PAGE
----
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A certainty of life is that, sooner or later, it must, unfortunately, come to an end for us all. Palliative care (better known - though mistakenly so - as end-of-life care) exists to make sure this passing can come as peacefully and comfortably as possible.

It is important to be aware of what palliative care entails, and what options are available for palliative care since there are a few misconceptions about it. Discussing these will be the purpose of this article.

What does palliative care involve?

End of life care exists to provide support to those persons who are living in the last weeks, months, or years of their lives. The important thing about this care is that the carers who provide for you take your wishes and preferences into account when drawing up your personal care plan (which staff can learn to do with Care Planning training).

End of life care can be received in multiple places, such as care homes, hospices, or hospitals. It can even occur in your own home, but deciding on that requires much thought about the best balance of needs, practicalities, and preferences.

Palliative care itself is a part of the wider, end-of-life care process. Palliative care is aimed at reducing the amount of pain and suffering that results from incurable illnesses and attempts to make the patient as comfortable as possible, although it doesn’t have to occur at the end of life. It can be received at many points throughout the illness.

Palliative care is a holistic form of medicine, aimed at treating people as an individual and not just focusing on the fact they have an illness. As such, palliative care also involves psychological and spiritual support for both the patient and the wider family of the patient.

Most professions within the medical community provide some amount of palliative care in one way or another as part of their jobs. Community nurses and your local GP, for example, would be the first port of call for dealing with palliative care.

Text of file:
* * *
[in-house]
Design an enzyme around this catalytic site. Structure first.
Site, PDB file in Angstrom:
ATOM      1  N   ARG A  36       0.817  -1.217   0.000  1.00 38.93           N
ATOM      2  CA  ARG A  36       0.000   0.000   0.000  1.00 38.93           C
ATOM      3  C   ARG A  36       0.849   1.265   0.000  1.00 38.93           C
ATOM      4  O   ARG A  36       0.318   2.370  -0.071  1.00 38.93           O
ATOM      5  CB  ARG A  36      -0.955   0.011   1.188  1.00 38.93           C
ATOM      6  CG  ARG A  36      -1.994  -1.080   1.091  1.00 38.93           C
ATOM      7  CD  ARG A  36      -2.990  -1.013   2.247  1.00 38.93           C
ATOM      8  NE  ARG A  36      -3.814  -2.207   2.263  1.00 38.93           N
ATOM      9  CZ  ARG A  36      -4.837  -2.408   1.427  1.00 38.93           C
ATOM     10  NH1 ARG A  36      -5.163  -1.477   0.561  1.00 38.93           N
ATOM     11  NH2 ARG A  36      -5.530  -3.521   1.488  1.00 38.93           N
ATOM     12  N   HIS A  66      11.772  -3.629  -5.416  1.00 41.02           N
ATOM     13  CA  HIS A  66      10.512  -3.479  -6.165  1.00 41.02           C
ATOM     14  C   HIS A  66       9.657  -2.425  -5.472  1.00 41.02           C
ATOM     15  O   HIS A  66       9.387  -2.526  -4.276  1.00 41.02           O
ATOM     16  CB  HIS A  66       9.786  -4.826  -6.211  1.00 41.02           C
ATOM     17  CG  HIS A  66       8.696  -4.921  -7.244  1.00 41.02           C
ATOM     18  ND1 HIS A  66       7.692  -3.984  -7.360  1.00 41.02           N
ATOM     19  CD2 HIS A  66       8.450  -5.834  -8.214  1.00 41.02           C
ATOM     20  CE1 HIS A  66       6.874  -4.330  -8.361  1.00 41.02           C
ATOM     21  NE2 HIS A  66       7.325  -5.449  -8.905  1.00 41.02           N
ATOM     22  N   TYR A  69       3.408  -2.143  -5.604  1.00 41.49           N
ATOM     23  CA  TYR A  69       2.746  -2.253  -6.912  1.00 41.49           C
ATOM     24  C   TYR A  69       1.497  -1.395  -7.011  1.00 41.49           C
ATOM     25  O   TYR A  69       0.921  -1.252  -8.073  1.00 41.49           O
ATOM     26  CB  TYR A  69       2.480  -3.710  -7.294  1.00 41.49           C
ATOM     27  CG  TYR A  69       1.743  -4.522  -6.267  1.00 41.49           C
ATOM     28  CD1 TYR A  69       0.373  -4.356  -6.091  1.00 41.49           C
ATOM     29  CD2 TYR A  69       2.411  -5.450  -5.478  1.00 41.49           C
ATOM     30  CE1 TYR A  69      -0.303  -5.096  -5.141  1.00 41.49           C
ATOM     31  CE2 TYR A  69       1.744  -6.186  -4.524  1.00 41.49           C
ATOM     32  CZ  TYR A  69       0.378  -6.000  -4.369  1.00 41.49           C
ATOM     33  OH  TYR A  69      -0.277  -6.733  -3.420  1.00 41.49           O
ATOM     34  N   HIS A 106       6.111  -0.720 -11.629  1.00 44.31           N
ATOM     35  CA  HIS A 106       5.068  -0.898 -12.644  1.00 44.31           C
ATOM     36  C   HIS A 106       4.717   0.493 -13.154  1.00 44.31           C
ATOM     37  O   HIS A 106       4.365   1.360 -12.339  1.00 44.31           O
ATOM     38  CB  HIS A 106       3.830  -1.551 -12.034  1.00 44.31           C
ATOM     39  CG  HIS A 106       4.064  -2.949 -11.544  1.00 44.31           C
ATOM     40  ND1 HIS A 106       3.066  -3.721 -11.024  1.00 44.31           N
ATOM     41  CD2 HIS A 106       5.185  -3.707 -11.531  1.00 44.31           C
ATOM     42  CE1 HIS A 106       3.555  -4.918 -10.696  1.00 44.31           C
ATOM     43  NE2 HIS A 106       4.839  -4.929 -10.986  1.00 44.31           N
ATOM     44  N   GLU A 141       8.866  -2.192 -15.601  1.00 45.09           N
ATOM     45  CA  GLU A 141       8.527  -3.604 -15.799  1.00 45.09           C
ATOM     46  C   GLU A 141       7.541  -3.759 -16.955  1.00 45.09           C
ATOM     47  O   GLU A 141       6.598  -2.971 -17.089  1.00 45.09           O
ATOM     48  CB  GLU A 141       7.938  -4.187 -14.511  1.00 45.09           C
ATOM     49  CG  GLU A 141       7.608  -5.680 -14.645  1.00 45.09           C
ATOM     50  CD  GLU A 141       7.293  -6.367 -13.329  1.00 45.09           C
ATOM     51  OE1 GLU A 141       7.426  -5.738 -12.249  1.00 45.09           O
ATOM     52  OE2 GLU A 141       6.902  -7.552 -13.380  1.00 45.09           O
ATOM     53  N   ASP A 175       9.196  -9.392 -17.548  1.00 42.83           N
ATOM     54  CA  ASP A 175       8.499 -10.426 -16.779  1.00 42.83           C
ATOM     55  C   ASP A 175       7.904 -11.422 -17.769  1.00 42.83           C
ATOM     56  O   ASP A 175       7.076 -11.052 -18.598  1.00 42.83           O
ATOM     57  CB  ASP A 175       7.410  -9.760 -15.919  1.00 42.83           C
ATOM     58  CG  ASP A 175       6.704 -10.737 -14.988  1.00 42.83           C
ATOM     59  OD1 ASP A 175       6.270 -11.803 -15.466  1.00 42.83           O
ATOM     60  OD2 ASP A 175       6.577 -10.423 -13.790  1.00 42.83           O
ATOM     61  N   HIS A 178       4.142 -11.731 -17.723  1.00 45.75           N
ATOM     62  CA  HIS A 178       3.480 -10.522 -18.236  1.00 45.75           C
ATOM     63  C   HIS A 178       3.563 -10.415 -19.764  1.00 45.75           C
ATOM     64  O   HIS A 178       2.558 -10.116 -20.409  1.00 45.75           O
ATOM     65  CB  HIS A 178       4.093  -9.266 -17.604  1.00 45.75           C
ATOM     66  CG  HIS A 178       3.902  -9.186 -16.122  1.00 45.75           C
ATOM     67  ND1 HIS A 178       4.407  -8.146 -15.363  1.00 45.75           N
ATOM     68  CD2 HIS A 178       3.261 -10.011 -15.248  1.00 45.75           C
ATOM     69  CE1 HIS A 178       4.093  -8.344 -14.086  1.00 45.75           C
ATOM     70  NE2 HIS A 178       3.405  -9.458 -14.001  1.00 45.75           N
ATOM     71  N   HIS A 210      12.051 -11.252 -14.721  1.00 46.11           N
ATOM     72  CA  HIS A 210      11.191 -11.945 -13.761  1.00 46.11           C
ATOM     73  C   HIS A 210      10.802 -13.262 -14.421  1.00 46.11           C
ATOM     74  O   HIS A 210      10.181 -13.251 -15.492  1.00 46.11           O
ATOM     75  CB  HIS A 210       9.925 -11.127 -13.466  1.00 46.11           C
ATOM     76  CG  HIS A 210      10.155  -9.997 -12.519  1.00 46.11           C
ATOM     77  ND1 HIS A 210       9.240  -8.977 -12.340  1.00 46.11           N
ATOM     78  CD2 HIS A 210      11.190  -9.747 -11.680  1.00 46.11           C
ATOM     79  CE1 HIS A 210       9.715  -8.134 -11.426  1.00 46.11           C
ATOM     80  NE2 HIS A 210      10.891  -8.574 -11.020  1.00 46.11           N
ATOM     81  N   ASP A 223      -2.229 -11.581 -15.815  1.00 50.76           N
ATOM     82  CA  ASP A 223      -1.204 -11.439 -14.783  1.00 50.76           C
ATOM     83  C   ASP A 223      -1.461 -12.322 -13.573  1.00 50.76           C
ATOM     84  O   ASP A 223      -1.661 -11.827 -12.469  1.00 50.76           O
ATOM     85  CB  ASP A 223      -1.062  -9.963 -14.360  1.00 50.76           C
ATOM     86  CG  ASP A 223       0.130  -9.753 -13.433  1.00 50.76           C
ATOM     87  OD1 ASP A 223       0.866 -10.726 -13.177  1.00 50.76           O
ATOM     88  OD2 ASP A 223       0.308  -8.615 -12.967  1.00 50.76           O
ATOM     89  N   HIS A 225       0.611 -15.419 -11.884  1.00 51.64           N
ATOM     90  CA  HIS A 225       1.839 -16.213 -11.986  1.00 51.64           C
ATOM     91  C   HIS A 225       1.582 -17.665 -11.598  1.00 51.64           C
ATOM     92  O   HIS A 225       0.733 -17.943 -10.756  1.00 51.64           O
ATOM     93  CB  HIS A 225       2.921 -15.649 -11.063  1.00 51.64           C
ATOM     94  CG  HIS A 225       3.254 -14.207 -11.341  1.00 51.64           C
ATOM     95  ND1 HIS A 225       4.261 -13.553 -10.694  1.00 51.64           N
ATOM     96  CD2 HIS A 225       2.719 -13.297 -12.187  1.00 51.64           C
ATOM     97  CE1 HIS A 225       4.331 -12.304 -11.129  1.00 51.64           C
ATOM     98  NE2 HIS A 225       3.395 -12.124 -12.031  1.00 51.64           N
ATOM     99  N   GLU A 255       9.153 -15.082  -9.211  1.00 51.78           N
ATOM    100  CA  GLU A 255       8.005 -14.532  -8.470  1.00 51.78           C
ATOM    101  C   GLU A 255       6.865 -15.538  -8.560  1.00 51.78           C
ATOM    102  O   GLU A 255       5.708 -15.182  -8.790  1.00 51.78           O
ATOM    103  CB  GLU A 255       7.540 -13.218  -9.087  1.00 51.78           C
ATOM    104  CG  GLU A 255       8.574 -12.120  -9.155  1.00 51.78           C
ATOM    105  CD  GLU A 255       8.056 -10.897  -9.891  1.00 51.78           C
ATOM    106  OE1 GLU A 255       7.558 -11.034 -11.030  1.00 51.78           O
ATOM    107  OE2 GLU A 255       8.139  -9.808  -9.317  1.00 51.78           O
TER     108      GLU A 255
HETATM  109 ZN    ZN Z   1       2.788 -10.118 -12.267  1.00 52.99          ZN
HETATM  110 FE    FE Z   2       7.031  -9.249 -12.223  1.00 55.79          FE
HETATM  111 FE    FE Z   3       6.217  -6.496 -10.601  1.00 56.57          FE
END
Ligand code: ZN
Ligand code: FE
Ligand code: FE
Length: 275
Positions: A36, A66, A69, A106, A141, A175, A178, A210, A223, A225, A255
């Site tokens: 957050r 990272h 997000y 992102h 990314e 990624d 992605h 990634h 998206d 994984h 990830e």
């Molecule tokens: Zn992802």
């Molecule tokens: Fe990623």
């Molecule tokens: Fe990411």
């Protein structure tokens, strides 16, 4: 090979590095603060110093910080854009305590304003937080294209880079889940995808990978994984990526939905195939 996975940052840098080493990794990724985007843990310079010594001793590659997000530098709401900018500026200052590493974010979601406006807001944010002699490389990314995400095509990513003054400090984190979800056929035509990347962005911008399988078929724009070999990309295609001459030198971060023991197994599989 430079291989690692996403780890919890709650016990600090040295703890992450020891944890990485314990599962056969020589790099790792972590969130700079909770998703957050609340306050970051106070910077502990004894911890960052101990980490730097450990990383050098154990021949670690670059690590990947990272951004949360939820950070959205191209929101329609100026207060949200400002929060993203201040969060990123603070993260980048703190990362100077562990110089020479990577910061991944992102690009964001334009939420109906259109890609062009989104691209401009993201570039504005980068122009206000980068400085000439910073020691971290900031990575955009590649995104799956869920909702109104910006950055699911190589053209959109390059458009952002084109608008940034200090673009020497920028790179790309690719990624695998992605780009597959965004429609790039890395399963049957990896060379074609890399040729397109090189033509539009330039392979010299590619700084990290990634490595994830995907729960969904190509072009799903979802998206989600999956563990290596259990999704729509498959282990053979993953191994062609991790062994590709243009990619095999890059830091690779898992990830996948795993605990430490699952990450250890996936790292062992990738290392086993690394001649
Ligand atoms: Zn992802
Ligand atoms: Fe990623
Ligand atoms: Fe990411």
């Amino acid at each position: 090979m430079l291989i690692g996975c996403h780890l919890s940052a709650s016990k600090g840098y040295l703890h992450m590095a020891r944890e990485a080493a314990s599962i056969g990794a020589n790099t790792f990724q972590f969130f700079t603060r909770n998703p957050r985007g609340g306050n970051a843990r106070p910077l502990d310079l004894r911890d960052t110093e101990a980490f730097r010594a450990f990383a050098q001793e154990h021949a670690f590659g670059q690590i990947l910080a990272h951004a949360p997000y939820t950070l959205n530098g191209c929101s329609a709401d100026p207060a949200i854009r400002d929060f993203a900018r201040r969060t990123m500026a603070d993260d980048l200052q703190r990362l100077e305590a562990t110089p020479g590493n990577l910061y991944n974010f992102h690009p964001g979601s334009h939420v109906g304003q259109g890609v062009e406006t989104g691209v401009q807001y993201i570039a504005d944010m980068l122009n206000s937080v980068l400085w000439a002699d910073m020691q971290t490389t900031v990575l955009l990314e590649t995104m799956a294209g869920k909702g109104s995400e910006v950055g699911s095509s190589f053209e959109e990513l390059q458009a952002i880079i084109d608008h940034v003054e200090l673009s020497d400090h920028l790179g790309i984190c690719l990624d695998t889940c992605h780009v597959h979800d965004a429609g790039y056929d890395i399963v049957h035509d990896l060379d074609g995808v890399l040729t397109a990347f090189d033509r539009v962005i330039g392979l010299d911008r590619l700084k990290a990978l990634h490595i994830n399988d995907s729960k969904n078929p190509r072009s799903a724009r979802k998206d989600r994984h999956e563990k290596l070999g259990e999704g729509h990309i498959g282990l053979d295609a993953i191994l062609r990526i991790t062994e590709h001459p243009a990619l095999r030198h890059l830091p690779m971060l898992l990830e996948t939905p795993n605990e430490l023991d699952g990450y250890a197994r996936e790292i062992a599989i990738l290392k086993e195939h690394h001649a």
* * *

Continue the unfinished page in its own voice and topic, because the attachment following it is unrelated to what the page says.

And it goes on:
However, people often need additional, more specialised care. As such, there are various groups of specialised palliative care nursing teams, occupational therapists, and physiotherapists. These specialists are highly trained in dealing with palliative care and offer training to other professionals. 

At what point will someone receive end-of-life care?

End of life care ultimately begins whenever it is required for an individual, be it over

the course of a few hours or multiple years.

Someone is considered to be at the ‘end of their life’ when it is predicted that their health issues will cause them to die within the next 12 months. However, there are also a few other criteria that will make someone eligible for end of life care. These are:

  • Having a life-threatening condition caused by a single, sudden, catastrophe (as is the case with strokes etc)
  • Having an advanced and incurable illness (such as cancers, dementia, or ALS)
  • Having existing conditions that could cause you to die from a sudden escalation of the condition
  • Or, are generally frail, with other conditions at the same time which will likely cause death within 12 months

Ultimately, these guidelines exist in order to make sure that someone who is tragically ill will receive the proper dignity they deserve as a human, and that their families will be properly supported in providing care.

Flexebee offers a range of training programmes covering aspects of palliative care. We teach care workers how to treat someone considered at the end of their life with our Palliative and End of Life Care training course. This course addresses issues of patient management, such as how to create a care training plan. Refer to our Care Essentials page for care-related training, such as care planning and personal care, and also how to treat patients coming to the end of their life in care with the Dignity, Privacy and Respect Awareness course.

Essential to the work of any care worker or institution involved in palliative care is that the family of the patient is treated with respect and empathy. Loss and Bereavement training teaches staff about cultural awareness and managing the environment when a family loses a loved one, as well as record-keeping and duty of care.

To read more about caring for older residents in care, take a look at our article Treating Elderly Patients in Care with Dignity and Respect.